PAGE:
Out From Damascus: Syrian Refugees and the Increasing Mental Health Crisis

(Editor’s note: This article from the Summer 2017 issue of Brain World magazineIf you enjoy this article, consider a print or digital subscription!)

When affection may be what little a family has, inability to provide even that can harm a child’s development. It is well researched that emotional inattention can lead to higher cholesterol levels, cardiovascular disease, and a host of other physical disorders later in life. Having a toxic childhood environment can lead to higher stress levels in the child, which may alter neural circuits relating to stress responses. This leaves the child’s brain burdened with a higher arousal state. When threatened, even if the threat is a sharp word, the child’s brain will not be able to cope with the emotional distress, and will be less capable of shutting down the reaction.

We know that the orbitofrontal cortex, responsible for moderating threat and stress responses, is sensitive to child-parent attachments. The development of this brain region requires that a parent be responsive to an infant’s needs — this is why the earliest months of our development are often the most important. When a parent is too depressed, or too anxious, to provide for these emotional needs, this hinders the child’s limbic (emotional) development. A condition that later can lead to issues of anxiety and depression — decreasing the likelihood of being able to form healthy bonds with others as the child grows older while increasing their rates of withdrawal and drug addiction.

Psychological distress may also arise from the change in the roles people are now playing in their family’s lives. In some regions of Syria, a woman working beyond the role of a caregiver is frowned upon. Samira, a housewife in Syria, was forced to take a job to support her family after they fled. But instead of the feeling of satisfaction that she was providing for her family, Samira felt uncomfortable taking paid work and working outside of her home.

But not all women feel this way. Noor, a mother of four, found work when she fled Syria. Instead of feeling shame or discomfort, she felt empowered knowing she was providing for her family and rebuilding the life that was ripped from them during the war.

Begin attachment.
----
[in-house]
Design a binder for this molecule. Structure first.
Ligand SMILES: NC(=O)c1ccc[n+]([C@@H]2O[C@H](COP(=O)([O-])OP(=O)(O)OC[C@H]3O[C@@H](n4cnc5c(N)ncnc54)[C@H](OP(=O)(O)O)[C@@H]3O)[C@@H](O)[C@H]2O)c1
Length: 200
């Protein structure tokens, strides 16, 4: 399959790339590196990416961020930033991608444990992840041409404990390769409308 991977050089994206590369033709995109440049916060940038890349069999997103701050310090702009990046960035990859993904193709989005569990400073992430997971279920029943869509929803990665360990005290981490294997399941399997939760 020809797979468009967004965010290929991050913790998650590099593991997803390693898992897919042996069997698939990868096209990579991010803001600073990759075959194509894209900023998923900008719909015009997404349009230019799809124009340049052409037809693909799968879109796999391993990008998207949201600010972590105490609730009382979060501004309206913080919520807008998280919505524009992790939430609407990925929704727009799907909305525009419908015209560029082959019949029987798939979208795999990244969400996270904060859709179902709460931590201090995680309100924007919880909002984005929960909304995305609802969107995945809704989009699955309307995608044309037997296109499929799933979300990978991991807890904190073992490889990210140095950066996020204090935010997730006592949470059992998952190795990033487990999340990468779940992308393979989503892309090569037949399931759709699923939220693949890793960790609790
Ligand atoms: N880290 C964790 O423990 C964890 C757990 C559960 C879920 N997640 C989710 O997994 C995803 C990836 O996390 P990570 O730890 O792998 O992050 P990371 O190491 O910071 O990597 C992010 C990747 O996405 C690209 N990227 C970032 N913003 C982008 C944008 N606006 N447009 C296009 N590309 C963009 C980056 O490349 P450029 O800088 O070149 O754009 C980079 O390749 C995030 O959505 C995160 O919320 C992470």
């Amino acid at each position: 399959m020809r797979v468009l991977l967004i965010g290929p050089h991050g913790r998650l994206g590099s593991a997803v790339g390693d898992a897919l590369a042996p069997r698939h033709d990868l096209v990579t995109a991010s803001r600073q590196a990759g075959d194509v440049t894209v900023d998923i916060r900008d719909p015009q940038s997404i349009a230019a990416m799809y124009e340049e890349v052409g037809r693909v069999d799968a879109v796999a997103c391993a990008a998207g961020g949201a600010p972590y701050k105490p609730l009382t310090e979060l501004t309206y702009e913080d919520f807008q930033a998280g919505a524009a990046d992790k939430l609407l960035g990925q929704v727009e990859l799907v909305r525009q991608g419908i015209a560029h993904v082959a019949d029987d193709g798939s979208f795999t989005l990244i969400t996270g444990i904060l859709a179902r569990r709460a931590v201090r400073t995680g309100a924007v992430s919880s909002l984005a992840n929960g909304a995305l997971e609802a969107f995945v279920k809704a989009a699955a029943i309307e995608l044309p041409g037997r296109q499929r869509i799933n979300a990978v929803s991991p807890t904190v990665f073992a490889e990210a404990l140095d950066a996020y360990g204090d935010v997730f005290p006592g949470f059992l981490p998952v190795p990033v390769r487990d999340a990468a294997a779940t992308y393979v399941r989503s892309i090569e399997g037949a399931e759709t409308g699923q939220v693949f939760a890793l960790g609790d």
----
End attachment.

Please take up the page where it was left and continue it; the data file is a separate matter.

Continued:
Men, however, could fare worse. Traditionally the providers — sometimes the sole provider — of their families, fathers and husbands are feeling hopeless, depressed, and lethargic as they find themselves unable to provide in their new home. Even when willing to work, some of these men find themselves continually unemployed or underpaid. They end up spiraling deeper into depression and withdrawal; a downward trajectory affecting not only their self-esteem, but their family’s well-being.

Refugees do not suffer only the emotional burden of fleeing their war-encumbered home but may often experience memory and cognitive issues. They complain of not being able to concentrate, or of not being able to learn new things. While this is an issue for anyone, being in a new country and trying to start a new life becomes even more difficult when learning to operate the machine at a job you need to keep, or while slowly picking up the words of a new, unfamiliar language.

The language barrier goes both ways, however. Health care professionals may not understand the refugees when they come into a clinic and describe their ailments. You see, the Arabic language is made up of metaphors. Feelings and emotions, even the symptoms of certain mental illnesses, are described with imagery and symbolism. “My heart is crumbling” (“houbout el qalb”) or “Blindness has my heart” (“in’ama ’ala kalbi”) can signal worry. “I feel like my soul is leaving my body” (“Hassess rouhi ’am tetla’ ”) can indicate hopelessness and depression.

When a patient confides that they feel like “The world is closing in my face” (“Hassess
eddenia msakkra bwishi”), when they are feeling hopeless and despairing, it is important that a health care professional helps their patient open up. Being able to read the truth behind the metaphors can reveal a world of opportunity.

The refugee crisis is not just about feeding a body and providing it with a home and a job. It is about helping the individual who lived a life before the crisis. Medical professionals have to realize that mental health can bring a body down as much as any somatic illness, perhaps even more so. While mental illness is stigmatized in Middle Eastern culture as shameful or as a personal defect, it can be treated. Helping the individual regain control of their lives, even by encouraging prayer, exercise, and socializing, can go a long way in beginning to treat the sufferer.

(Editor’s note: This article from the Summer 2017 issue of Brain World magazineIf you enjoy this article, consider a print or digital subscription!)


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